In 2004, the then Information Technology Association of America (Now the Technology Association of America), an industry group that supports offshore outsourcing and increasing the H-1B cap, hired an independent economic forecasting firm, IHS Global Insight, to study the issue. IHS Global found that offshore outsourcing could cause some workers to take a job that pays less, which would result in "wage compression."
Tambe said the goal of the new report is to look "precisely look at how domestic workers are being affected by globalization -- I'm not really making a judgment on whether that is good or bad.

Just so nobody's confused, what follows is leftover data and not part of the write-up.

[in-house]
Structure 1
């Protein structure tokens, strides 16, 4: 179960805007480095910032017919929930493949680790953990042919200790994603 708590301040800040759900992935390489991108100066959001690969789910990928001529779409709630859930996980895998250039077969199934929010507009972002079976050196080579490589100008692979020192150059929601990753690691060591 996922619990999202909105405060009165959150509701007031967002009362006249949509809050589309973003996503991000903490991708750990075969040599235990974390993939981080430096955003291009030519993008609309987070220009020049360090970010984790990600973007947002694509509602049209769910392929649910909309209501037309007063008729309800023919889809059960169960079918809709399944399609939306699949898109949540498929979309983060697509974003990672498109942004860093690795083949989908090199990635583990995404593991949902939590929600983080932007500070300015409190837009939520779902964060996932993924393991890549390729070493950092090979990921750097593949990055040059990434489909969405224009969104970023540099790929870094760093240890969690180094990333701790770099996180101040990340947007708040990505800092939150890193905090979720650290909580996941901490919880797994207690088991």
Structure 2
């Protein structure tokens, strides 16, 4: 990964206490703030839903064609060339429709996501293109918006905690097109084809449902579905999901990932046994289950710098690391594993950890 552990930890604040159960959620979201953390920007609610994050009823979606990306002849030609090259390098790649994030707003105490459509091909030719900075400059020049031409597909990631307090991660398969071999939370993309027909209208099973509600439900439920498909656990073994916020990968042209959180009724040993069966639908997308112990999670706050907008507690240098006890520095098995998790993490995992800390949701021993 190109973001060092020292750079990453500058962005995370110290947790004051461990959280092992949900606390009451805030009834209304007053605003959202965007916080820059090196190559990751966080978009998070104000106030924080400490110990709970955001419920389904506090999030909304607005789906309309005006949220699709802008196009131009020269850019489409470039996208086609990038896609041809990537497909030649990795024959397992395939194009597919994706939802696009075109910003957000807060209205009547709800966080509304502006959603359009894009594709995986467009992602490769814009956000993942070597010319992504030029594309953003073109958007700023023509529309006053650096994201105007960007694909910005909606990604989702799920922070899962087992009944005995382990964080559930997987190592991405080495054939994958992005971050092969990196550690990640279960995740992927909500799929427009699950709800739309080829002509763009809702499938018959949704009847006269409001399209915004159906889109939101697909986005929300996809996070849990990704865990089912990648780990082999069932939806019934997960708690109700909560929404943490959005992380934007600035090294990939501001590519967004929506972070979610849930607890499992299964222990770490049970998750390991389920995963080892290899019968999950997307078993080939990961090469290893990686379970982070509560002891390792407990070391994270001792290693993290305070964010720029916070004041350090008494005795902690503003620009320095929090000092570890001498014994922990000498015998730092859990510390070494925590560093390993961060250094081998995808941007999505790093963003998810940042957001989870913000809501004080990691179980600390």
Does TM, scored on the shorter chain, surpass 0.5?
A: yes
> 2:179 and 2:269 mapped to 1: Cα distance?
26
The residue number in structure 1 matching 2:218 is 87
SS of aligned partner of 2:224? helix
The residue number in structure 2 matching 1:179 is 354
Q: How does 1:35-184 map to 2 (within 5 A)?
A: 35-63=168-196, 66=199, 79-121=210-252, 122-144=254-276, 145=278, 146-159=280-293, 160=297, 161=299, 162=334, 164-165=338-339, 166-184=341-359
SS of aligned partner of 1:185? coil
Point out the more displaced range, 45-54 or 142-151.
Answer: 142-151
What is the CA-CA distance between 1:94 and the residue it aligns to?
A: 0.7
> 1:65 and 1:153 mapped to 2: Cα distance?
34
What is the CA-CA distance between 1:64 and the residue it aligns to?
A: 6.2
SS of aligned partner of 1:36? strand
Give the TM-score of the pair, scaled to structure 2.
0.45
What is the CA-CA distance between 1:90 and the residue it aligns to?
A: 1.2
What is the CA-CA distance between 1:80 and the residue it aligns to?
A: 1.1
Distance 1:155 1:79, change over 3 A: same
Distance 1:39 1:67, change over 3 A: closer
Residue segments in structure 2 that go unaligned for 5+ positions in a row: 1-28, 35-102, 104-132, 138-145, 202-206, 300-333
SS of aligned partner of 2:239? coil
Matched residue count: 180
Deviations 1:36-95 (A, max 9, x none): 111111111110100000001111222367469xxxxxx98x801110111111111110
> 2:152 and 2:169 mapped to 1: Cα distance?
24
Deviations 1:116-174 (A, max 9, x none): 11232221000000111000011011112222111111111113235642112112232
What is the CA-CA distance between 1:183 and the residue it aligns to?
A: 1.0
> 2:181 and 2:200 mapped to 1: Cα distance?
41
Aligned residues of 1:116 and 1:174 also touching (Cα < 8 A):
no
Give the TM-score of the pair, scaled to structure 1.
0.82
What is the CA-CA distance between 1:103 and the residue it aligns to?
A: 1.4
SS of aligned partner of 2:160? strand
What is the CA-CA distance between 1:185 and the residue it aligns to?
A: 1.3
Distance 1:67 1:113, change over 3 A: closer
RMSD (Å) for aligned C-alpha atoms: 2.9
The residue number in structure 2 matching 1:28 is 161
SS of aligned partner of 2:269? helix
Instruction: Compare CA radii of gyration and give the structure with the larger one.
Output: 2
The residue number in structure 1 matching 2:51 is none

"Although our findings suggest that the negative effects of globalization may be substantial for some workers, it is critical that policy makers weigh these effects carefully against the macro-level economic effects," said Tambe and Hitt in the report. "Offshoring will most likely remain a necessary and important part of the global economy, and there is substantial evidence that H-1B admissions appear to directly improve levels of innovation and entrepreneurship, which in the long term should create new jobs and raise demand for technology workers in other areas.
"In this paper, we simply sought to dispel the myth that globalization generates no losers, and we begin to identify how the global migration of jobs and workers is affecting some high-skill workers in the US. Globalization does appear to have a negative wage effects on workers in some occupations, and as business and labor continue to become increasingly global, any discussions should include how best to prepare the vulnerable members of the US workforce for global competition," they added.